NGS Big Data


My name is Hans Karten and I am co-founder and CEO/CTO of the company. We initiated this blog, since we have a strong vision about accelerating the clinical application of Next-Generations Sequencing (NGS). Large-scale genomics studies are needed to translate genomics data into true patients’ benefits. We need to reconsider how we organize the workflow to process, analyze and store the massive amounts of data produced by modern sequencers to make this more efficient and cost-effective.

This is our first post and it makes sense to tell you a bit about our company. We exist since 2011 and come from a background of high speed and high volume data processing. This background has proven to be a critical success factor in the genomics space, where the NGS related Big Data phenomenon is becoming the fear and challenge of many who are responsible for IT, finance and daily operation.

Big Data Challenges

Most likely this is going to be preaching to the choir, yet the challenges of working with genomics at scale are quite often underestimated by decision makers. This is fueled by ambition and based on the assumption that more resources and high pace technological innovation can solve the NGS related Big Data problems. As a result there are many initiatives funded in a new and growing industry.

Part of that is true. The growth and complexity of the NGS data deluge produced by sequencers has been and will be outpacing Moore’s law for the time to come. Innovation power and the courage to break the sound barrier into utter silence will move this industry to the next level and maturity it needs.

Silence of a frontrunner

The introduction of the Illumina HiSeq XTM Ten system is a prime example of upping the bar in terms of data production. This has been both disruptive and a wakeup call event. Not leaving the existing path of data processing (starting with mapping and variant calling) requires a big investment in IT infrastructure, storage capacity and qualified people (becoming a scarce resource by the way) to deal with the workload, and eventually fall behind the ones that decided to move into the silence of a frontrunner.

If you think we must have reached the end of the capacity of sequencers, think again. In terms of throughput, the underlying biology allows current systems to increase their throughput with 4-5 times. And this may well happen before you are ready to upgrade the investments you are making to deal with the vastly increased data production volumes.

Two important rules

Here we arrive at the core of the issue, as there is no turning back once you made the choice to be part of this fast growing industry and find your spot as genomics data producer or researcher. There are two important rules that must be followed:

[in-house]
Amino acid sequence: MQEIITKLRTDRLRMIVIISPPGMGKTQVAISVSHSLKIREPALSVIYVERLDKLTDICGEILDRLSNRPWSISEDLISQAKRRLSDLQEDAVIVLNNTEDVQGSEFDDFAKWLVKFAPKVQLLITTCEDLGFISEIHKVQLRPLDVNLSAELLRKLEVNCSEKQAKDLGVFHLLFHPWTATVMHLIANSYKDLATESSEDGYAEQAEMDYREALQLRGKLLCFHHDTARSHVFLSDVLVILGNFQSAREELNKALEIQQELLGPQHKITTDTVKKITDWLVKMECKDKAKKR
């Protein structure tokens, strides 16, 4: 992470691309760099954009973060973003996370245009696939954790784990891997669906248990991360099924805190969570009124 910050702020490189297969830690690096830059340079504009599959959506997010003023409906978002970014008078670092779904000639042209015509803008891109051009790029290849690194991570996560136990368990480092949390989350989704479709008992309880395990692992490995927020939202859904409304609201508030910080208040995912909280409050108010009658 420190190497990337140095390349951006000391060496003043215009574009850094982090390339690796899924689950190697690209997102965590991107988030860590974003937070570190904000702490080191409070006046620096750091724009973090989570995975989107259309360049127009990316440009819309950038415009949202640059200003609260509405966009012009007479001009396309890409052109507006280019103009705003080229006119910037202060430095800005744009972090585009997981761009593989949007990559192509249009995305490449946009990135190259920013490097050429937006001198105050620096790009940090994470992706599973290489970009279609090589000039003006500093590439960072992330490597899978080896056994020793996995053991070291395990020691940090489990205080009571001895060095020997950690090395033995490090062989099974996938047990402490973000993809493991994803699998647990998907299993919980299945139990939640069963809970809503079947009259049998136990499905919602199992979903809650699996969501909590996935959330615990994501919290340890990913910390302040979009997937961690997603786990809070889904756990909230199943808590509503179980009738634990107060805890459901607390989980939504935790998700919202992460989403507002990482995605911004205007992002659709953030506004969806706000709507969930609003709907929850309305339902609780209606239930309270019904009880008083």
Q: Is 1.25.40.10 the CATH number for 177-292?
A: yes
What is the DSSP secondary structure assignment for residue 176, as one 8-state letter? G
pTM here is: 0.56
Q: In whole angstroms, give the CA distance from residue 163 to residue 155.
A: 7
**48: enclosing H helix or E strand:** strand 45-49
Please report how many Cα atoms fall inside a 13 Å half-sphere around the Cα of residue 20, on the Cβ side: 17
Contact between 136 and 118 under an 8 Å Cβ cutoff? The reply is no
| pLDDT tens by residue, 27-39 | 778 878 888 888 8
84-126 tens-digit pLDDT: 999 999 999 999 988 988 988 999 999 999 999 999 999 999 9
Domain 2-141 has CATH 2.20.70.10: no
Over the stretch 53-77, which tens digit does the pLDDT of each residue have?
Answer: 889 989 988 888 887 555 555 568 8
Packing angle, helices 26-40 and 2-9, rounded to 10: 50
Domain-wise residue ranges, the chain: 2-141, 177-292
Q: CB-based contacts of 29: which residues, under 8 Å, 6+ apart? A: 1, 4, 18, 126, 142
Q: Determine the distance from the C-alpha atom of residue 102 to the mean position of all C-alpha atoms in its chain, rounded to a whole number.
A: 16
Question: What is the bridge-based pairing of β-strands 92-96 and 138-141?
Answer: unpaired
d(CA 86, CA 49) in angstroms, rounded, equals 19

1. Concentrate on the essence of the data
  2. Reduce the data as early in your pipeline as possible

If you want to keep all the details of all the data, you are defending a fortress with the gates wide open.

Let me illustrate this with two examples: If you do quality control of the data that comes out of the sequencer and a read contains only N’s would you want to keep this data, or do you want to keep a reliable record on how many N’s this data stream had and have been discarded? If you encounter a read, which has a tail with very low quality, such that you cannot use it to make a variant call, do you want to keep this data or a record on how many bases were trimmed from the dataset?


In both cases, you have the information you desire, the first is raw and the second is descriptive, based on a defined set of rules. They both yield the same result. We have to ask ourselves the question: If the process of QC trimming and perhaps dropping reads, because the quality was not according to spec, would happen prior to data leaving the sequencer and this would be the status quo, would we be happy with it? I think we would. It merely seems a matter of being responsible for making the choice, than a true contribution to quality output of the process.

A similar case is being made for base quality binning. People have gone through lengthy debates on continues or binned base quality representation. In the end the perceived ‘loss’ of information has no impact at all. Reason being that the tools dealing with the data have been calibrated for continues quality and will be re-calibrated to deal with binned quality scores yielding the exact same results and precision. We recently presented the results on collaborative study with deCODE Genetics on this in a webinar.

Bite the bullet

We need to bite the bullet and take a pragmatic approach backed by experimental proof to these fundamental issues at both the science and the governance level to move genetics diagnostic support to the clinic, providing economical health in a healthy economy.

To be continued…

Written by:
Hans Karten

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